‘A Certain Justice’ is the 10th Adam Dalgliesh novel by P.D. James and this series just seems to get better with each additional book.
Venetia Aldridge is a criminal defence barrister who loves to win – regardless of the guilt or innocence of the person she is defending. And, due to the amount of background research that Venetia carries out, she usually has a good idea if someone is guilty. So she is absolutely horrified when 4 weeks after successfully defending Gary Ashe on a charge of murdering his aunt, she discovers that Ashe and her socially inept, ugly duckling daughter Octavia are planning to marry.
Apart from Octavia, Venetia has managed to upset a lot of other people that she has come across with her uncompromising attitude. Several of the other lawyers and staff within Chambers have found themselves on the wrong side of Venetia, as well as her ex-husband and her recent ex-lover.
So, when Venetia is found at her desk, stabbed through the heart, and wearing a full wig doused in human blood, there is a long list of suspects for the murder.
Adam Dalgliesh investigates along with Kate Miskin and Piers Tarrant. As usual we get some excellent insights into the lives of the investigating team as well as the lives of the suspects as Dalgliesh and his team unravel the mystery of Venetia Aldridge’s death.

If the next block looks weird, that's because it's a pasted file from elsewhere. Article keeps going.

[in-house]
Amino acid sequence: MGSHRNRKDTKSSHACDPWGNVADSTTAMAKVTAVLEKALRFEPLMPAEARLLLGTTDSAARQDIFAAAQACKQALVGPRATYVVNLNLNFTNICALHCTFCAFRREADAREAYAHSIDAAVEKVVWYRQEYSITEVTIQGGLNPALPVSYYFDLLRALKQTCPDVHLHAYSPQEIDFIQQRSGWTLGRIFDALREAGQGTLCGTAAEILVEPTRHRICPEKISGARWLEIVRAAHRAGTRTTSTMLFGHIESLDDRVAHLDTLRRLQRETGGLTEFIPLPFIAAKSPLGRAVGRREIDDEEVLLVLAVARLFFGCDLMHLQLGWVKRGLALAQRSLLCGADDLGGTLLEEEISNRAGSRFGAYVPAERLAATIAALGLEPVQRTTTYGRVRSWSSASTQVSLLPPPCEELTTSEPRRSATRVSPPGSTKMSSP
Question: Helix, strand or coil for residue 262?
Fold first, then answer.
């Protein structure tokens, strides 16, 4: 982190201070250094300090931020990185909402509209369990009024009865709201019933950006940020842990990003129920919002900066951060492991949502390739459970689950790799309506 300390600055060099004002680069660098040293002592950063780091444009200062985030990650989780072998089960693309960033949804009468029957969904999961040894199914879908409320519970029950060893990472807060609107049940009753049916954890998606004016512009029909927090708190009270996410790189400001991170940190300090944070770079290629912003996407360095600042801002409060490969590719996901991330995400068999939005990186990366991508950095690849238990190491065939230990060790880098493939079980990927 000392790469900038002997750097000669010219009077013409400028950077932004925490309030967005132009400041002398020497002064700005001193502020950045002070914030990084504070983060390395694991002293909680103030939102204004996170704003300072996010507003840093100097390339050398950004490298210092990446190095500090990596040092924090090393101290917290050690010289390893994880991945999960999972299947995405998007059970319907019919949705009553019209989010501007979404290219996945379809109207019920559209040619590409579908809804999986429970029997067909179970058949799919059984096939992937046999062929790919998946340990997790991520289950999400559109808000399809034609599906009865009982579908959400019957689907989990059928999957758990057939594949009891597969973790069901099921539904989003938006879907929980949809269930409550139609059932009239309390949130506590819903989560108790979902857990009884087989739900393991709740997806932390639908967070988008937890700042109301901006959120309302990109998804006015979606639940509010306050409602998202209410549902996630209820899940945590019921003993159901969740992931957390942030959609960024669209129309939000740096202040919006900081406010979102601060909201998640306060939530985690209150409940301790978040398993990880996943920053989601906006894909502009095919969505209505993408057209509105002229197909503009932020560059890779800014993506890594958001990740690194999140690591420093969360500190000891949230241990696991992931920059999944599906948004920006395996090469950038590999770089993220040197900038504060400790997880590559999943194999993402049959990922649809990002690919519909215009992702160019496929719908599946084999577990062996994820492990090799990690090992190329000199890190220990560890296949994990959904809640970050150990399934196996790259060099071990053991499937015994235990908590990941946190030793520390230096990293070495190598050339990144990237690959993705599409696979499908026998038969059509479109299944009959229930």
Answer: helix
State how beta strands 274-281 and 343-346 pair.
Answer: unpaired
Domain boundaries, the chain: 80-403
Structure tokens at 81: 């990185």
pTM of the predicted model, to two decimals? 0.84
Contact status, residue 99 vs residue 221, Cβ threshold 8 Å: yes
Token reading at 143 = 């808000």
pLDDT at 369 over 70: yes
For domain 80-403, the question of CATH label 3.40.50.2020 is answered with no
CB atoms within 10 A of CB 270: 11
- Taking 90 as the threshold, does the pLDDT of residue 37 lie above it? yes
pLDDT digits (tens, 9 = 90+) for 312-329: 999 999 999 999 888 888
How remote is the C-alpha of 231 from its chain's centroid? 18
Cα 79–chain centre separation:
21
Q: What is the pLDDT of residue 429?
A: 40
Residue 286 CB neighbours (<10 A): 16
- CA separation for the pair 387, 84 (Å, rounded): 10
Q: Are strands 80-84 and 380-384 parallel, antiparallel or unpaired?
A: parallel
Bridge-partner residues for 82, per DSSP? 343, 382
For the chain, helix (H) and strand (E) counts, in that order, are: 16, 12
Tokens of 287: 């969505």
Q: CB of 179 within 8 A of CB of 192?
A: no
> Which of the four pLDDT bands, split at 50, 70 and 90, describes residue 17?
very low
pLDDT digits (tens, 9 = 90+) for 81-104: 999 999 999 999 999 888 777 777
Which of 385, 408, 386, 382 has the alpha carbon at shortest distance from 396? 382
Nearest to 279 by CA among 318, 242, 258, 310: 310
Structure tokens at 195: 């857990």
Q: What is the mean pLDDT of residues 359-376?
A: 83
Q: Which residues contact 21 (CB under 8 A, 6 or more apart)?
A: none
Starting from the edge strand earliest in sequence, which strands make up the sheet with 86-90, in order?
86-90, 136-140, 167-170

This was a very involved book and for me, the solutions to the various crimes were completely unexpected. P.D. James did an excellent job of setting up the atmosphere in this book – from the lives of the people involved and their daily struggles to the locations themselves – The Temple Chambers and the area of the Old Baily (which sounded like part of Diagonalley for Harry Potter fans), the decrepit house where Garry Ashe lived with his aunt and the desolate reed beds near Ipswich.
This was a very enjoyable novel and I’m looking forward to reading the next in the series – ‘Death in Holy Orders’.
Book Published 1997